Ghana is currently working toward universal healthcare and has made significant improvements in health coverage over the past 14 years. However, the quality and availability of care are often still lacking, an issue the government is working to solve. The government is takings steps to improve the quality and affordability of healthcare in Ghana.

Universal Healthcare
In 2005, Ghana developed the National Health Insurance Scheme (NHIS) to provide health insurance to its vulnerable populations. The Minister of Health, Mr. Kwaku Agyeman Manu, is an advocate for universal health coverage, believing that health services should be accessible and affordable for all. Since then, the NHIS has grown from 1.3 million to 11 million members, now covering 38 percent of Ghana’s population.

While this growth is significant, it raises questions about why affordable government health insurance is not something more Ghanaians are taking advantage of. In general, the quality of healthcare in Ghana needs improvement. Healthcare infrastructure is less available in rural areas where traditional African medicine is still used by many who cannot afford to travel long distances for healthcare. Other religious institutions, both Christian and Muslim, also operate in rural areas.

Public hospitals in Ghana tend to be overcrowded and provide low-quality care while private facilities usually have better resources, but tend to be more expensive and are more often located in urban areas. A majority of hospitals only offer general services, lacking health professionals who can provide specialized treatments and services, including surgery.

Low Enrollment
While advancements such as this one are undoubtedly essential to improving the quality of healthcare in Ghana, a study in 2018 may have identified why enrollment in NHIS is so low and how improving quality of care and insurance coverage must be done in conjunction with one another. This study surveyed 1,903 households in Ghana about their perceptions of healthcare quality based on experiences they’d had in the healthcare facilities.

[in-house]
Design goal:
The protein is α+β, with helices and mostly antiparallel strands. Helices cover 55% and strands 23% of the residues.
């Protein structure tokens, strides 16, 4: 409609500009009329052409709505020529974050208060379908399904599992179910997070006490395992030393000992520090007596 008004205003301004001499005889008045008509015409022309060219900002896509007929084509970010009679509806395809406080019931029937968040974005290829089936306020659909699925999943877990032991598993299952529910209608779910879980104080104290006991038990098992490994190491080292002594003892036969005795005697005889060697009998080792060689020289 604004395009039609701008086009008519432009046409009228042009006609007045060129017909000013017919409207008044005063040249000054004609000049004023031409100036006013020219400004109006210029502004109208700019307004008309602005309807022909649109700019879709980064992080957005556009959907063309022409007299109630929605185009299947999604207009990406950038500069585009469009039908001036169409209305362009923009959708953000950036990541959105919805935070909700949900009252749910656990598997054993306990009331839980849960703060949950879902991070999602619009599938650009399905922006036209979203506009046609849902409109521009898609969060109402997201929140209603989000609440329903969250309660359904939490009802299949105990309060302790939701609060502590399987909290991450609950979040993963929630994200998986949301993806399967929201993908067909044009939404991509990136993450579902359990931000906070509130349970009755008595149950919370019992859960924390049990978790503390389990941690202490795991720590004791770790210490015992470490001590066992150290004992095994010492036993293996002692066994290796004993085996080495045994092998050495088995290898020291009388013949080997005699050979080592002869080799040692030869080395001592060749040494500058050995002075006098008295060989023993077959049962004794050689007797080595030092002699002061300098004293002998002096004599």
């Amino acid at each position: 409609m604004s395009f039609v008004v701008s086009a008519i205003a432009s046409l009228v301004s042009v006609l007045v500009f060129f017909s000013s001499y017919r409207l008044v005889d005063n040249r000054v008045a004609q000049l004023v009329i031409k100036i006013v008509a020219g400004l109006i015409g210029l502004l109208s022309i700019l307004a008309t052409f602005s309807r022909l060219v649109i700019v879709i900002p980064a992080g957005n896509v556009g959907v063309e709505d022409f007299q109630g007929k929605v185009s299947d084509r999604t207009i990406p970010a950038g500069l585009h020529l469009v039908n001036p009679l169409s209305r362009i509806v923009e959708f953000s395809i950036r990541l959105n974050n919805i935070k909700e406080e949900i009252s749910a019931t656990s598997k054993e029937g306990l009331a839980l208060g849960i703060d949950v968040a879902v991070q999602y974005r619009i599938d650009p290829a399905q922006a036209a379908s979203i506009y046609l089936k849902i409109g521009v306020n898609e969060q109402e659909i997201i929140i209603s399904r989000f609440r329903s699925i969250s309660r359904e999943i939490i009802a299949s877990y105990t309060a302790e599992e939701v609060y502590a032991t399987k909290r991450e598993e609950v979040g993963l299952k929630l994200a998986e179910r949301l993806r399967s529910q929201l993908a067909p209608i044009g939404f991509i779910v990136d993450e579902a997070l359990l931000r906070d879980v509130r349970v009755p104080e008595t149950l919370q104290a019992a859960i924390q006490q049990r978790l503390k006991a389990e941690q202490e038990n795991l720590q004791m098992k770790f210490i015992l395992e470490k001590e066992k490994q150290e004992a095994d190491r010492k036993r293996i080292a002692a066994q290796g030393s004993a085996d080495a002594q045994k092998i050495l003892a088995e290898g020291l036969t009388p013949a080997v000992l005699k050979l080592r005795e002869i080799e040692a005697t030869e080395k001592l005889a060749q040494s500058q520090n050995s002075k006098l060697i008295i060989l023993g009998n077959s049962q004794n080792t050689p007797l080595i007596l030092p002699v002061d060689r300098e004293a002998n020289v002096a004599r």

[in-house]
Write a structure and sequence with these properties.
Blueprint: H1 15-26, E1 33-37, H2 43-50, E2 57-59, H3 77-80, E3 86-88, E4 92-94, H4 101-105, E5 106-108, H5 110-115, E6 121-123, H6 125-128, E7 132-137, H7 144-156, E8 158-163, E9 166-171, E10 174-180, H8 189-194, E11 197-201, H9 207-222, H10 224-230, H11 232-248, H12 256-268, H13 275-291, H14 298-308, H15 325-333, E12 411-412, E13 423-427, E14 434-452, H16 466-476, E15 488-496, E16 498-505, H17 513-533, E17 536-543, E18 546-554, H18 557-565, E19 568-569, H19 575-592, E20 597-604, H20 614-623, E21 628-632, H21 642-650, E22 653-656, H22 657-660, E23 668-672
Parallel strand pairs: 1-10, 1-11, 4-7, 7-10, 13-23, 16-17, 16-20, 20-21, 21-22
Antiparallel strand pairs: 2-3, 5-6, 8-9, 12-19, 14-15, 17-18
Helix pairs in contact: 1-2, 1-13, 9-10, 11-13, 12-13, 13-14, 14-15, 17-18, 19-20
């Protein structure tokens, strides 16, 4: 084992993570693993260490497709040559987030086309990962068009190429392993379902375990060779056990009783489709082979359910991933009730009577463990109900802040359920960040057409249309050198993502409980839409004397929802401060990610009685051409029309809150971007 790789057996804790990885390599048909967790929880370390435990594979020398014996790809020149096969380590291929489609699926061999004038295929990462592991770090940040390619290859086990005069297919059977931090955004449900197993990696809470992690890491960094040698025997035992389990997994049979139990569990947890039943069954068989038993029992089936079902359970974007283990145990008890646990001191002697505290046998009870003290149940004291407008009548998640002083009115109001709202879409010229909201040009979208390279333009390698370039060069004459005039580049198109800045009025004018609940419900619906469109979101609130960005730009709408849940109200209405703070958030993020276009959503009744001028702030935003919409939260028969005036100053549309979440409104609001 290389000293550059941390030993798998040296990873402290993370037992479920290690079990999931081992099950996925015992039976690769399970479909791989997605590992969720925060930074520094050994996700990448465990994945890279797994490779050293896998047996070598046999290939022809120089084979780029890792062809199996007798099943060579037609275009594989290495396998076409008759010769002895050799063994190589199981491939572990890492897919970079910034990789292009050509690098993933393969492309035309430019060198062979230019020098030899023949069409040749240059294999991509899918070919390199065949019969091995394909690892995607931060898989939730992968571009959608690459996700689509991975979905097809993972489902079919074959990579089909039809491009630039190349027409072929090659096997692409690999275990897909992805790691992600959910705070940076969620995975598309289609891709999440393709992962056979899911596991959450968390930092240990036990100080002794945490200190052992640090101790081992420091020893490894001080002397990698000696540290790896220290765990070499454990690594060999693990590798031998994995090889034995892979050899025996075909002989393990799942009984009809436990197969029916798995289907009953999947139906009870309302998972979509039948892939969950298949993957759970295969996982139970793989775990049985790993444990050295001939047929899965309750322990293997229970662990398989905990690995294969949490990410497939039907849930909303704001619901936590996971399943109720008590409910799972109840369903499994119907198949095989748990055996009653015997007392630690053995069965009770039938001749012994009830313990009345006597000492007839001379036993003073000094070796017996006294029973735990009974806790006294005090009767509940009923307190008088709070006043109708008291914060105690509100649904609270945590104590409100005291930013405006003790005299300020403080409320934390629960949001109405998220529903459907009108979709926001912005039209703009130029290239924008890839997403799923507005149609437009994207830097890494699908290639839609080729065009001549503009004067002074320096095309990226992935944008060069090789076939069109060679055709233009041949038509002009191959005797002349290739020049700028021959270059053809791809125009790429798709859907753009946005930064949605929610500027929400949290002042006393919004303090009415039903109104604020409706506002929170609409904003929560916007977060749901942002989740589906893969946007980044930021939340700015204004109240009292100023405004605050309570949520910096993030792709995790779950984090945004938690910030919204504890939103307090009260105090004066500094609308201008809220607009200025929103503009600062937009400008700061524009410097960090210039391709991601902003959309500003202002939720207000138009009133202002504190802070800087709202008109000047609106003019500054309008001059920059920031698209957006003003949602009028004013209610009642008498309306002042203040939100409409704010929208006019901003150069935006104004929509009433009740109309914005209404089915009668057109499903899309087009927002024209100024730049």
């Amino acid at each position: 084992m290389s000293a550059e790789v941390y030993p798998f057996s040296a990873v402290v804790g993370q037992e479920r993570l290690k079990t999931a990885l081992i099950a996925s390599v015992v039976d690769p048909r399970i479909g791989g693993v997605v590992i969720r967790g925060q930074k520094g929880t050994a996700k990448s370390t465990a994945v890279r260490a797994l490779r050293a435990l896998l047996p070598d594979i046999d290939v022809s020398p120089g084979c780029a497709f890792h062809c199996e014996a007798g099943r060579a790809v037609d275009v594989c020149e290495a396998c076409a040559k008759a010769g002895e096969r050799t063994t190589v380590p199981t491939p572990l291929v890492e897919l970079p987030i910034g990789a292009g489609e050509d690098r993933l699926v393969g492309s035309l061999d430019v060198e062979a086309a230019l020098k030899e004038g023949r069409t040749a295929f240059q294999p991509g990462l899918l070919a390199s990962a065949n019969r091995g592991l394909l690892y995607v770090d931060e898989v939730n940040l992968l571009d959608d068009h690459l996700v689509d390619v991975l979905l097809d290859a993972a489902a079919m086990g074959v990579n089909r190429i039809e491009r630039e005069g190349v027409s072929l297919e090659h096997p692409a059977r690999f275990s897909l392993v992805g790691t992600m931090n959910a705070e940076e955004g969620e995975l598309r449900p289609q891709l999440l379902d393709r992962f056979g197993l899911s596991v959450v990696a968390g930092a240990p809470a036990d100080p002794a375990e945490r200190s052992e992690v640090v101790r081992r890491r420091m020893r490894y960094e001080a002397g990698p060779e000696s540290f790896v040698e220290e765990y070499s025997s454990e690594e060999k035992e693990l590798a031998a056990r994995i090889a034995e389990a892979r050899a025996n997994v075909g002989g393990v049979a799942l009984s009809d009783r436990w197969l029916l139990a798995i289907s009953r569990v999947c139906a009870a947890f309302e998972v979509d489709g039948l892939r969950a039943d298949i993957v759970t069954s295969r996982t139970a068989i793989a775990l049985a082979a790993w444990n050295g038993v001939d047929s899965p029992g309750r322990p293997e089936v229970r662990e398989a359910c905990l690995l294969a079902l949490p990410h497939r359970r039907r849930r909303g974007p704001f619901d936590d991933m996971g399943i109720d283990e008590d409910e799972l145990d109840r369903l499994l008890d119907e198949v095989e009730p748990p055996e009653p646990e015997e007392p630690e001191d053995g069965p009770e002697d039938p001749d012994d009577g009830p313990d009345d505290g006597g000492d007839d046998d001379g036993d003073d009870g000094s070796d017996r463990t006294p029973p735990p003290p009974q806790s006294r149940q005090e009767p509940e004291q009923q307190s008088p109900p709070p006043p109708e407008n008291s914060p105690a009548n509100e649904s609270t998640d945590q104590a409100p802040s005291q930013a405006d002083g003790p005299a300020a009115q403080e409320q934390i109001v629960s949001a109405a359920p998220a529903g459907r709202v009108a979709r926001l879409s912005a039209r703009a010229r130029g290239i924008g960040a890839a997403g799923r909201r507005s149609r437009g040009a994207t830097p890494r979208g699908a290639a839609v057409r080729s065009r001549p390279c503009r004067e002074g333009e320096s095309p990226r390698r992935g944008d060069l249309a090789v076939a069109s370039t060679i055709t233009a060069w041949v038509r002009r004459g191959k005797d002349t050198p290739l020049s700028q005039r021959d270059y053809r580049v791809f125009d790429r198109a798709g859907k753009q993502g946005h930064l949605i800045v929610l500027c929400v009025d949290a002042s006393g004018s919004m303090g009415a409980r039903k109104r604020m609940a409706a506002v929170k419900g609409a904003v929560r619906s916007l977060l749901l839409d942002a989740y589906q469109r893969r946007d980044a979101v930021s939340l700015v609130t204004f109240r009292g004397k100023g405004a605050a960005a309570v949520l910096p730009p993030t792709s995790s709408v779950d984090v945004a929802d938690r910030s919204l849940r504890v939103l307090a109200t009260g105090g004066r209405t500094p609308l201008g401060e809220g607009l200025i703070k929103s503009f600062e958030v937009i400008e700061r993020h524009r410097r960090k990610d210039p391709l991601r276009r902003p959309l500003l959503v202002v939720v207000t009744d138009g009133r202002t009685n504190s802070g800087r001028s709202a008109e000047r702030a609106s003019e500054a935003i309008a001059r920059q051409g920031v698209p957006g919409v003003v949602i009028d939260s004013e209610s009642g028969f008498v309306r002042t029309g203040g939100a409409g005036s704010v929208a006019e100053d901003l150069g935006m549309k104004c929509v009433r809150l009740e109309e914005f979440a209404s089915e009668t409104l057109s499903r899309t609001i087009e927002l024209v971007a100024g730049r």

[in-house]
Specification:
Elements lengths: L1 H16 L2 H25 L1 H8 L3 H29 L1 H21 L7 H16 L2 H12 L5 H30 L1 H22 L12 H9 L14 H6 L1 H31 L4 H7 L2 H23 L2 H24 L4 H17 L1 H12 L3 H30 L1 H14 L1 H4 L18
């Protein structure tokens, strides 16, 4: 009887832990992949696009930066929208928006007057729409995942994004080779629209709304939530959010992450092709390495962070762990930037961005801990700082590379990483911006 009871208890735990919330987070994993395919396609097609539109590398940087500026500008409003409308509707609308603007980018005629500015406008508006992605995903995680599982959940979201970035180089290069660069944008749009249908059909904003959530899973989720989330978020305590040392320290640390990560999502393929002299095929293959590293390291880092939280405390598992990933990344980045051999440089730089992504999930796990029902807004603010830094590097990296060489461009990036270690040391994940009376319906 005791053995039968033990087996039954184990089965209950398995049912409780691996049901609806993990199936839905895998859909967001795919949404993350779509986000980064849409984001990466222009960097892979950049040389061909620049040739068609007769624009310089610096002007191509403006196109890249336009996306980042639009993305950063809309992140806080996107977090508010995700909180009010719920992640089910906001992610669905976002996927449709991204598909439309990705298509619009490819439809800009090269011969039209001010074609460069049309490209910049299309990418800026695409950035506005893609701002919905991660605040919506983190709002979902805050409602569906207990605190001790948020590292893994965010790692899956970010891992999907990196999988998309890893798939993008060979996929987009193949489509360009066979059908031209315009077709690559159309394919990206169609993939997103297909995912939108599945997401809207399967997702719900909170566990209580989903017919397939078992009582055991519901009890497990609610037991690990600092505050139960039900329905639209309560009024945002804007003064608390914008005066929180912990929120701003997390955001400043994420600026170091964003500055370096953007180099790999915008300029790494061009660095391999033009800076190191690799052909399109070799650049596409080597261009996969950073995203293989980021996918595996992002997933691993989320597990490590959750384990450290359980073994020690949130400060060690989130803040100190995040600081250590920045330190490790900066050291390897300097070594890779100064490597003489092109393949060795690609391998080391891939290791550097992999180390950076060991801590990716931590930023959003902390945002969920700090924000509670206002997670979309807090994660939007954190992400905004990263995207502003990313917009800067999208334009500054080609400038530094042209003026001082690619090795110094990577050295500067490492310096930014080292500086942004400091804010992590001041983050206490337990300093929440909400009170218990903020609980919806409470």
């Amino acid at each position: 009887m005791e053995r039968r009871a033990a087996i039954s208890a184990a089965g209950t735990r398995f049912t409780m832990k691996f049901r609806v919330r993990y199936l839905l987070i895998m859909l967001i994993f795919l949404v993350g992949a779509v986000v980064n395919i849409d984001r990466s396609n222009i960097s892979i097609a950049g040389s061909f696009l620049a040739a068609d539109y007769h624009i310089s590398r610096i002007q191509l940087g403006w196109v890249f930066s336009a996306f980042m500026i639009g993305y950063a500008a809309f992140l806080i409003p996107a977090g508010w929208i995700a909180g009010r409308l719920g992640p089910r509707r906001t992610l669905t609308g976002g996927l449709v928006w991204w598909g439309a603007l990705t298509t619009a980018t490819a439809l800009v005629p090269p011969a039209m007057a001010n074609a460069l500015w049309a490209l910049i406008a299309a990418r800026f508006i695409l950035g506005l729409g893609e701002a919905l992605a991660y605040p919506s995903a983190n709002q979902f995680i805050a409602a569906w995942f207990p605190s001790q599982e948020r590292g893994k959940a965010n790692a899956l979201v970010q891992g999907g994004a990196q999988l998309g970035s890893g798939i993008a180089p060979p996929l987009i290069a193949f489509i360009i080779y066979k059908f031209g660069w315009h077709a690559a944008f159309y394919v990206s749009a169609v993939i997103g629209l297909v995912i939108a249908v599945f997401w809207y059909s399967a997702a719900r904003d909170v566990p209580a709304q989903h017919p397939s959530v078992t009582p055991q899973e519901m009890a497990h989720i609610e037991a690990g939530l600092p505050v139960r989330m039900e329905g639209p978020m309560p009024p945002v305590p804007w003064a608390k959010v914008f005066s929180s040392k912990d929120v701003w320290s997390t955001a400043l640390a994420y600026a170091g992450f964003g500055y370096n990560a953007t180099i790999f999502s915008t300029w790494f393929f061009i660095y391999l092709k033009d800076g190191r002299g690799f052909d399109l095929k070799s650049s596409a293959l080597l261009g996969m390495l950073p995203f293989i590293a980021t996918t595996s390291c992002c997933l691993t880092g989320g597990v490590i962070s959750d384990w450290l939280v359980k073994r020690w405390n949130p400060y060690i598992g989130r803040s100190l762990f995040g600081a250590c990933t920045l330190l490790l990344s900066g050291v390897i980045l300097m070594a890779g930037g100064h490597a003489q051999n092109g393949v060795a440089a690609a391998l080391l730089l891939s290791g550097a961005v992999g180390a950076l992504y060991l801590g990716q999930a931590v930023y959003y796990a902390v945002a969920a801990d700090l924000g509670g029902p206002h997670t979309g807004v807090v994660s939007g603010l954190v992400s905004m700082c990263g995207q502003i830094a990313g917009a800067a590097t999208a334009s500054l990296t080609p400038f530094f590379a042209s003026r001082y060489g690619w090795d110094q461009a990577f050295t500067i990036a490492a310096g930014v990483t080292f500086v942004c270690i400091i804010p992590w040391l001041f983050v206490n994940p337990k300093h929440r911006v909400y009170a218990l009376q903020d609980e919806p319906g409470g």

Most respondents reported that healthcare quality is low; however, uninsured Ghanaians rated the quality higher than insured Ghanaians. An explanation for this disparity in perceptions about the quality of healthcare is posited by the researchers in the study. They argue that, under the NHIS, patients perceive the quality of their healthcare as lower because the healthcare delivery process is different based on how it is being paid.

Insured VS Uninsured Patients
For those who are uninsured, the only requirement for receiving care is the payment. This makes the delivery of healthcare services much quicker. Additionally, the uninsured can receive any kind of medication or treatment as long as they can pay for it. They have the option of paying cash for branded drugs and more specialized treatments.

In contrast, for insured patients, the healthcare providers have to process claim forms for consultation, diagnosis and drugs. This increases the waiting time for insured patients, who often spend hours waiting to receive healthcare. During this wait, they watch the uninsured go in and out, receiving care with a fraction of the waiting time. Furthermore, NHIS also does not cover all treatments, which can result in a lower quality of care for insured patients. NHIS also only covers generic drugs purchased outside of the healthcare facilities, which make them more difficult to obtain.

Therefore, the insured people experience delays in care, receive generic drugs and are sometimes unable to receive certain treatments. This fuels the perception that the uninsured are receiving higher quality care than those who are insured receive. Those who continue to enroll in the NHIS may be so financially burdened that they have no other choice but to have public health insurance. Those who can afford out-of-pocket costs may elect to do so instead because they see this as a higher quality option.

Fixing the System
However, achieving universal health coverage in Ghana will also require overcoming the idea that the quality of service is better for the uninsured. Specifically, the researchers recommend they consider “redesigning, reorganizing, and reengineering the NHIS” to process claims more efficiently and make branded drugs and more treatments available for insured patients.

Healthcare in Ghana has significantly improved over the last decade and a half, but more needs to be done to both improve the NHIS and increase the availability of facilities and the quality of the care offered. Continued initiatives by GE Healthcare will likely be beneficial, as will a direct response by the Ministry of Health to make the NHIS more desirable to Ghanaians.

– Sara Olk